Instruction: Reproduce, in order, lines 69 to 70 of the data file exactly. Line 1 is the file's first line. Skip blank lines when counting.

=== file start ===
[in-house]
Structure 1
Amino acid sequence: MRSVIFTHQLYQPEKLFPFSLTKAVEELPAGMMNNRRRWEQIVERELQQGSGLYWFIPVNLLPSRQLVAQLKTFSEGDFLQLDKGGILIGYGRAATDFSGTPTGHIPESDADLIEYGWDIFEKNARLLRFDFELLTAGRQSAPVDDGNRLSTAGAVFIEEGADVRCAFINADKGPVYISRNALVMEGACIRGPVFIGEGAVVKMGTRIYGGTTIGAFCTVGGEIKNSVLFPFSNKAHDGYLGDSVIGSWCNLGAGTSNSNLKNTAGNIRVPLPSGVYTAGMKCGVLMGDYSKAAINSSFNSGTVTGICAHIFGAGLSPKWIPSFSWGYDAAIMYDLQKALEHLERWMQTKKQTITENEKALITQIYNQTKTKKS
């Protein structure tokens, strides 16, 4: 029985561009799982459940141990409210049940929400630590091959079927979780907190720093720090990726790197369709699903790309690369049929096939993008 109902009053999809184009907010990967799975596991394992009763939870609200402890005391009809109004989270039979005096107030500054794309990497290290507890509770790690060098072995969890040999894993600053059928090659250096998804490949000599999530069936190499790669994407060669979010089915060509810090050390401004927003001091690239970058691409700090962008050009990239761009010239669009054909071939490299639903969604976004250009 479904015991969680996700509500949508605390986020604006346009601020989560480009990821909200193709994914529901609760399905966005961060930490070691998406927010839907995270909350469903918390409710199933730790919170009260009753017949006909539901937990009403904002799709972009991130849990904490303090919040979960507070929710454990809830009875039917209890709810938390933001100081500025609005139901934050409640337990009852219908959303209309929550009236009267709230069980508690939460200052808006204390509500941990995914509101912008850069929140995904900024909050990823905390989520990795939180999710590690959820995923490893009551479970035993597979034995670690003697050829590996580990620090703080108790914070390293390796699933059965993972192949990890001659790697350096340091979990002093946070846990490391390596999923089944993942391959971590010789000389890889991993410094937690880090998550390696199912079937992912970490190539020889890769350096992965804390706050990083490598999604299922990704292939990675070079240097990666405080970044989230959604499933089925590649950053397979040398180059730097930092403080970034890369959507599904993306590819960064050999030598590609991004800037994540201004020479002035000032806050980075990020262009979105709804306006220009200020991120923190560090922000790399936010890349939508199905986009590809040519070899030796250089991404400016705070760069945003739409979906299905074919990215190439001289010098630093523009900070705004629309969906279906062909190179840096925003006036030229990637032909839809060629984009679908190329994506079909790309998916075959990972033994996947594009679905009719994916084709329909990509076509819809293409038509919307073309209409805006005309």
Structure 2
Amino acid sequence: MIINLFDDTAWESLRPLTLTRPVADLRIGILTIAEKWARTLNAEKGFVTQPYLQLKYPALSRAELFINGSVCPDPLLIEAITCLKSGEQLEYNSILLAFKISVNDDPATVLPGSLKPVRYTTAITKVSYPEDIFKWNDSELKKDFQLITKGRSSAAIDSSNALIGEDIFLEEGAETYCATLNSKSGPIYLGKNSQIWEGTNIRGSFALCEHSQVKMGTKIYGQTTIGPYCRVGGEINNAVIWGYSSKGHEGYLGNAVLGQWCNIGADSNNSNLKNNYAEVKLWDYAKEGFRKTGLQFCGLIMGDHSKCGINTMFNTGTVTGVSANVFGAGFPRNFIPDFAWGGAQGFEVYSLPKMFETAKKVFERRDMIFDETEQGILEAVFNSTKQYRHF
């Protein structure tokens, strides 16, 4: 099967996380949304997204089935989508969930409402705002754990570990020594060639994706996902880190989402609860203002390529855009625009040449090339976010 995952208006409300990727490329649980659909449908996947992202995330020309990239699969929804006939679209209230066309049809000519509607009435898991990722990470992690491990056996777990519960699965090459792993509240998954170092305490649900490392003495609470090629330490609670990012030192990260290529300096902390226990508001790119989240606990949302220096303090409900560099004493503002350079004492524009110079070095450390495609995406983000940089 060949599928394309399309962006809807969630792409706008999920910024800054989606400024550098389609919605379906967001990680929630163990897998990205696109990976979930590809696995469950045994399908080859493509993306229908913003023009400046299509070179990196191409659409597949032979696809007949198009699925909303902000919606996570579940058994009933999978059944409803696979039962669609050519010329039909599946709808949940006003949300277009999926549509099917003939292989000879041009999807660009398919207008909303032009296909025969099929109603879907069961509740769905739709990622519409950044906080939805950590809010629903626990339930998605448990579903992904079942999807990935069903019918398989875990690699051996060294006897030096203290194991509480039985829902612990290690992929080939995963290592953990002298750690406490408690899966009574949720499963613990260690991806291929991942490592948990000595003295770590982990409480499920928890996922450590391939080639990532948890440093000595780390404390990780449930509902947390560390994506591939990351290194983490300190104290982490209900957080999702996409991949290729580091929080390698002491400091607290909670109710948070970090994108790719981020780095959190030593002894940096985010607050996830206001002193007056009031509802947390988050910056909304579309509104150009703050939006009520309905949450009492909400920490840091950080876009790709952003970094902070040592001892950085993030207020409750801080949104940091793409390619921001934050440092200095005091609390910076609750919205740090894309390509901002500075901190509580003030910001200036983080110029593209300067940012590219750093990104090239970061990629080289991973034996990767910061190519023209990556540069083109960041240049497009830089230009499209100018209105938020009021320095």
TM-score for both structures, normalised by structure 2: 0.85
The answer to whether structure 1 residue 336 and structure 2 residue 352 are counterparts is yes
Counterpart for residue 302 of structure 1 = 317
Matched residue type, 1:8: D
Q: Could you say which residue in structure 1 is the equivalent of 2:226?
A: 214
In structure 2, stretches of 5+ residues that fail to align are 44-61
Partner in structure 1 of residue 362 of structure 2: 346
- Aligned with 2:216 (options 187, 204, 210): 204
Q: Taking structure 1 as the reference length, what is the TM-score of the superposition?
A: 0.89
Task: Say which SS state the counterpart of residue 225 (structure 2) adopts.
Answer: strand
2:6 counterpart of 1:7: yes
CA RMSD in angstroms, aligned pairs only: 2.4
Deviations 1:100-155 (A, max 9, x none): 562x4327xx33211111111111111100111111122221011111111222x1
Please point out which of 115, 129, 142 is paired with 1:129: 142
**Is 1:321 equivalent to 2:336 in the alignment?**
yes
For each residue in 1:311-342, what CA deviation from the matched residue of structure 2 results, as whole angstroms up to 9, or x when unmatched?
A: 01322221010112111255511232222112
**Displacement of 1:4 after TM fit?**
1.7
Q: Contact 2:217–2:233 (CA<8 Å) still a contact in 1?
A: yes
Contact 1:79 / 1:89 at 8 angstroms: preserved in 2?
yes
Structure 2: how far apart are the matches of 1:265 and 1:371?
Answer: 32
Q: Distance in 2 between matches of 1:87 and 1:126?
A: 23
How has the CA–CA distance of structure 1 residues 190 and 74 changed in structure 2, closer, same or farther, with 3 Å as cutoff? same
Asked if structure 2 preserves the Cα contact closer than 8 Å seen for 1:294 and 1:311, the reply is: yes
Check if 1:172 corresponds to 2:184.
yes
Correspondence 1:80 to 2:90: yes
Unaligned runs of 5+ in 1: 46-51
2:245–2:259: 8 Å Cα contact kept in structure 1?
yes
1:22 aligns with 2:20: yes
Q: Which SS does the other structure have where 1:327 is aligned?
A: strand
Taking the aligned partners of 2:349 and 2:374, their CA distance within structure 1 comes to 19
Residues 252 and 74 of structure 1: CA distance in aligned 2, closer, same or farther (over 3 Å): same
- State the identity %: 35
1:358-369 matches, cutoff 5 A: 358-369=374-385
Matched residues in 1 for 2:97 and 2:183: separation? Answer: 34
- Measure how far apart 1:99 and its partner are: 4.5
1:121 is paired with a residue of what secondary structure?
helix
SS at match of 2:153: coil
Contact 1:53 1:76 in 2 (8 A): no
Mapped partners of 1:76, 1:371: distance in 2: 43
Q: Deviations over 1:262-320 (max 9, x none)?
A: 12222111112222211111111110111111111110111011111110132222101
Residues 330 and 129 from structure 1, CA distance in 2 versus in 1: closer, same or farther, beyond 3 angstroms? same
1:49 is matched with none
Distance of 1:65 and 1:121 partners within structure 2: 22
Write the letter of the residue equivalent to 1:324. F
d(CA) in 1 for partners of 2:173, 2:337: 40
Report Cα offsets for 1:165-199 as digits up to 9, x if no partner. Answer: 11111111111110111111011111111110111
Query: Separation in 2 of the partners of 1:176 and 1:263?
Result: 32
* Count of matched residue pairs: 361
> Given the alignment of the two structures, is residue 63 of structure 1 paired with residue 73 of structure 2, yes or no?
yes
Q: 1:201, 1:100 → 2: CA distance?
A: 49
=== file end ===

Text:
Query: Separation in 2 of the partners of 1:176 and 1:263?
Result: 32